27 June 2019 — Strategic Culture Foundation
There are monsters among us. Every day I read about an American “plan” to either invade some place new or to otherwise inflict pain to convince a “non-compliant” foreign government how to behave. Last week it was Iran but next week it could just as easily again be Lebanon, Syria or Venezuela. Or even Russia or China, both of whom are seen as “threats” even though American soldiers, sailors and marines sit on their borders and not vice versa. The United States is perhaps unique in the history of the world in that it sees threats everywhere even though it is not, in fact, threatened by anyone.
Just as often, one learns about a new atrocity by Israelis inflicted on the defenseless Arabs just because they have the power to do so. Last Friday in Gaza the Israeli army shot and killed four unarmed demonstrators and injured 300 more while the Jewish state’s police invaded a Palestinian orphanage school in occupied Jerusalem and shut it down because the students were celebrating a “Yes to peace, no to war” poetry festival. Peace is not in the Israeli authorized curriculum.
And then there are the Saudis, publicly chopping the heads off of 37 “dissidents” in a mass display of barbarity, and also murdering and dismembering a hapless journalist. And let’s not forget the bombing and deliberate starving of hundreds of thousands innocent civilians in Yemen.
It is truly a troika of evil, an expression favored by US National Security Advisor John Bolton, though he was applying it to Cuba, Venezuela and Nicaragua, all “socialist” nations currently on Washington’s “hit list.” Americans, Saudis and Israelis have become monsters in the eyes of the rest of the world even if in their own minds they are endowed with special privilege due to their being “Exceptional,” “Chosen by God” or “Guardians of Mecca and Medina.” All three countries share a dishonest sense of entitlement that supports the fiction that their oppressive and often illegal behavior is somehow perfectly legitimate.
To be sure not all Americans, Saudis or Israelis are individually monsters. Many are decent people who are appalled by what their respective governments are doing. Saudi citizens live under a despotism and have little to say about their government, but there is a formidable though fragmented peace movement in slightly less totalitarian Israel and in the United States there is growing anti-war sentiment. The discomfort in America is driven by a sense that the post 9/11 conflicts have only embroiled the country more deeply in wars that have no exit and no end. Unfortunately, the peace movement in Israel will never have any real power while the anti-war activists in America are leaderless and disorganized, waiting for someone to step up and take charge.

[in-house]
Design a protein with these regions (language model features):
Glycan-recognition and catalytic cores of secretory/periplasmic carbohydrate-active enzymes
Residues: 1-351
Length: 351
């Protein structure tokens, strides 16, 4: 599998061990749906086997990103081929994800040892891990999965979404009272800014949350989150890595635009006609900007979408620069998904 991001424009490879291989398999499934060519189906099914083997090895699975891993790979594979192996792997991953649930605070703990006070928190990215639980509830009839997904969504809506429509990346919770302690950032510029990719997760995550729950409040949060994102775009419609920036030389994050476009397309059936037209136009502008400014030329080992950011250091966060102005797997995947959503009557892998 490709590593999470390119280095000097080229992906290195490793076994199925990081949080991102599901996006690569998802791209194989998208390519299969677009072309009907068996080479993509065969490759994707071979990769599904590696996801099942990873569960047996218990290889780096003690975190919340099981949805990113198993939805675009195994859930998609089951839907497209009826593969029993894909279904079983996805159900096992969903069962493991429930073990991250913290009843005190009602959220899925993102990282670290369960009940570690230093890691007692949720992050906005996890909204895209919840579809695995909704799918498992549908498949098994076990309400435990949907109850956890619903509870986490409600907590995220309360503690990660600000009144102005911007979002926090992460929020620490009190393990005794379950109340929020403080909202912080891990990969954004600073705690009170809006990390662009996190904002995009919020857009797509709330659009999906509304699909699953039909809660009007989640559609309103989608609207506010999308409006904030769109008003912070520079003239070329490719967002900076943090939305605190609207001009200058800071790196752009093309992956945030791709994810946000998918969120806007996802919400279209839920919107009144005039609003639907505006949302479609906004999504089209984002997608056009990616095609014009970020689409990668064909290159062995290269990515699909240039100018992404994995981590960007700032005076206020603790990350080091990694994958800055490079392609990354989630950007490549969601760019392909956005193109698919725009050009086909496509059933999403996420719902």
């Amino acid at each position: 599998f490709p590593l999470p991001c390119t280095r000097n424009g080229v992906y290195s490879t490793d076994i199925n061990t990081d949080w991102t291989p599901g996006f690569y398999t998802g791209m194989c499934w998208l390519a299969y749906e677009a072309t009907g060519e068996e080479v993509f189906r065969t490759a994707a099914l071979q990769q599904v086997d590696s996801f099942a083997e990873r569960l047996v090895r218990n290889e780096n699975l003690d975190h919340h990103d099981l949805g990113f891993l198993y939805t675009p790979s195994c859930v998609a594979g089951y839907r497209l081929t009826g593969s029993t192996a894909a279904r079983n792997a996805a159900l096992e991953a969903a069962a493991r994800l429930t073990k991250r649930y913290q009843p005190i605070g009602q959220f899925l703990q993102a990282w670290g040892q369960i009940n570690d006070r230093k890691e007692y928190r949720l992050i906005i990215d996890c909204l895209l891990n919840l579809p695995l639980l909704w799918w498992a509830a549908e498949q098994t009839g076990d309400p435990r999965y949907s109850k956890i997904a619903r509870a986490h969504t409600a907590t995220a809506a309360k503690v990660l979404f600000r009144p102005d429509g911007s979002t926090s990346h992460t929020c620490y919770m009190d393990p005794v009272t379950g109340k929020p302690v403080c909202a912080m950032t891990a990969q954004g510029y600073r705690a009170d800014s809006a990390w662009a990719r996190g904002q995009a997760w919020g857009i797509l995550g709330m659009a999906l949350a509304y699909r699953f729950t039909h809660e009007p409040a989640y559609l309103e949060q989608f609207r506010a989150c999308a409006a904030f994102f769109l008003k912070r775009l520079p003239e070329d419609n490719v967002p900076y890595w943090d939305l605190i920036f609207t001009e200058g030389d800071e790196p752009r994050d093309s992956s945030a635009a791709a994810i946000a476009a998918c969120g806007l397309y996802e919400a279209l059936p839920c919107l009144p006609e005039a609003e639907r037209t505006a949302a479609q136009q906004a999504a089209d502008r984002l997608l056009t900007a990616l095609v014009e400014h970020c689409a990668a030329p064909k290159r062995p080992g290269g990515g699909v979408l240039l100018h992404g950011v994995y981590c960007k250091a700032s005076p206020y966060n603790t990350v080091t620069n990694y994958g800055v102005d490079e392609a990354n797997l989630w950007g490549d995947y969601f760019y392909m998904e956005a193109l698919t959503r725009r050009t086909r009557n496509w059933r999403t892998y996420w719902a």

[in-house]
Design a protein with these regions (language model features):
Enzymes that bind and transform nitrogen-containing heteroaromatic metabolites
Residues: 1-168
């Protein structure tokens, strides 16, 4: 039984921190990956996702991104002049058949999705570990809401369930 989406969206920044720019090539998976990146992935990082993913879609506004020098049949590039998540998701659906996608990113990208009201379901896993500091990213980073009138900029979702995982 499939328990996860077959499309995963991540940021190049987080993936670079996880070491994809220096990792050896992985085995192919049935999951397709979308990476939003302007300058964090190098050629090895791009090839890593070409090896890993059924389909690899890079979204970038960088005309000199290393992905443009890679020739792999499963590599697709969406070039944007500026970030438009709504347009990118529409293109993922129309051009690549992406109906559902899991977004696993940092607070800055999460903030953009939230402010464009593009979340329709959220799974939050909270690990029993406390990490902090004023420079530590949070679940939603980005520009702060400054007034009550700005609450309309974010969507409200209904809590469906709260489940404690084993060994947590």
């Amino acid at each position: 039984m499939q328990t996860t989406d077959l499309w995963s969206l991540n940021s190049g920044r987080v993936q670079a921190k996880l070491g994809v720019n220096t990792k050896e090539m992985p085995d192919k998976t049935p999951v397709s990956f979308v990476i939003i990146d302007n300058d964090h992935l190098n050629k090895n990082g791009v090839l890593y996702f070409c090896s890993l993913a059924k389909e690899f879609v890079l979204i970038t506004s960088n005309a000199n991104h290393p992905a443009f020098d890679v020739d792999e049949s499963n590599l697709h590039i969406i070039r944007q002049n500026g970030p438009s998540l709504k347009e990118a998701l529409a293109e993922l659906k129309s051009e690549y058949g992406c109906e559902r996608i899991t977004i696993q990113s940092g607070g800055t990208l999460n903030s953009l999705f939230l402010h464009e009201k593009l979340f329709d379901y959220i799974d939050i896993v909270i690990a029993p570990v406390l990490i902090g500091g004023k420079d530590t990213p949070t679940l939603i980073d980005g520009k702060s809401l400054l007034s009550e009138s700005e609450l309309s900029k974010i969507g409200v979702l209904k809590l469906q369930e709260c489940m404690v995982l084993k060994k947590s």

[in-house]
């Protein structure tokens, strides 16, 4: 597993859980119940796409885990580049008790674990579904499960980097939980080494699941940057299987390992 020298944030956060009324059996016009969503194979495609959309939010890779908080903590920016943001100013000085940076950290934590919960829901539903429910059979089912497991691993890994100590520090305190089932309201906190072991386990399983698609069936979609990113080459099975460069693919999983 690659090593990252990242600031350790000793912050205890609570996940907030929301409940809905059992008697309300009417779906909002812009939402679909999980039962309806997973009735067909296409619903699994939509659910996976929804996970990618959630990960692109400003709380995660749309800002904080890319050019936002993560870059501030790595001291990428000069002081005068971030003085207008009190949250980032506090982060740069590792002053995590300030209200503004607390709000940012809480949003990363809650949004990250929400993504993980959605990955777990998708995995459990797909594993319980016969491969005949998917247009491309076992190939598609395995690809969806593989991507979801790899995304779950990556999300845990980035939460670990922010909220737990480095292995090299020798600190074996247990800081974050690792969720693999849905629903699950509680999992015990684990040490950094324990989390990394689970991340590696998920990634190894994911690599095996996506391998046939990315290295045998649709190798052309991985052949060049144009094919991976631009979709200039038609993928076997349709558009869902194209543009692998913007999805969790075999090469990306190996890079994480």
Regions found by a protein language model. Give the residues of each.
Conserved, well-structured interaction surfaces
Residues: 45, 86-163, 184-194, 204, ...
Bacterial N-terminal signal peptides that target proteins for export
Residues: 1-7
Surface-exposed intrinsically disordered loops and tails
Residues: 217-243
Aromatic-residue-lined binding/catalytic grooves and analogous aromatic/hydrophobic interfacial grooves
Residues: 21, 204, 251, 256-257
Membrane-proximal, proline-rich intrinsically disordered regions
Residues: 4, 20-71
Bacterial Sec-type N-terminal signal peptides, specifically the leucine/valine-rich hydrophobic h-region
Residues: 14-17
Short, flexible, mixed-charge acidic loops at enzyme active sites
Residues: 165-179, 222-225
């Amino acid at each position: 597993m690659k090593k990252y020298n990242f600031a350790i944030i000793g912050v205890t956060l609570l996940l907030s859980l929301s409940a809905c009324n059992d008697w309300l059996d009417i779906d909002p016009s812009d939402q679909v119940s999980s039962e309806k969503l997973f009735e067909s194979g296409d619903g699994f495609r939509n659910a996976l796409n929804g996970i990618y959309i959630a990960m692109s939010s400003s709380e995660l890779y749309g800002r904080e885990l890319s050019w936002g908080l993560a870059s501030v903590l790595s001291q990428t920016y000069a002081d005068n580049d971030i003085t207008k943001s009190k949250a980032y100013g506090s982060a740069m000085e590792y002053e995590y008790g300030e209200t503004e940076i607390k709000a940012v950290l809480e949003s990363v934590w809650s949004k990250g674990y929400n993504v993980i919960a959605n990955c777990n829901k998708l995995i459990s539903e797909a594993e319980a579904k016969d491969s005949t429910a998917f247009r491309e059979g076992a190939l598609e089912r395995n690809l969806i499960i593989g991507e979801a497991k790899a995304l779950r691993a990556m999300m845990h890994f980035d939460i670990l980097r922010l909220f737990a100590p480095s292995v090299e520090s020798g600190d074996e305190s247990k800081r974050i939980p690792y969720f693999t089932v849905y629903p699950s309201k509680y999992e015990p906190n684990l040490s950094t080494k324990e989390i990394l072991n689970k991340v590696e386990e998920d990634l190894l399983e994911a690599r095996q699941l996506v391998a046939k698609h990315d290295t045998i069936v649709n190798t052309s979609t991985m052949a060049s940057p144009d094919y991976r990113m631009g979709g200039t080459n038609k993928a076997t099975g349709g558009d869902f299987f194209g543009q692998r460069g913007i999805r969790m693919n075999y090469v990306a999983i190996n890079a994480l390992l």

The current foreign policy debate centers around what Washington’s next moves in the Middle East might be. The decision-making will inevitably involve the US and its “close allies” Israel and Saudi Arabia, which should not surprise anyone. While it is clear that President Donald Trump ordered an attack on Iran before canceling the action at the last minute, exactly how that played out continues to be unclear. One theory, promoted by the president himself, is that the attack would have been disproportionate, killing possibly hundreds of Iranian military personnel in exchange for one admittedly very expensive surveillance drone. Killing the Iranians would have guaranteed an immediate escalation by Iran, which has both the will and the capability to hit high value targets in and around the Persian Gulf region, a factor that may also have figured into the presidential calculus.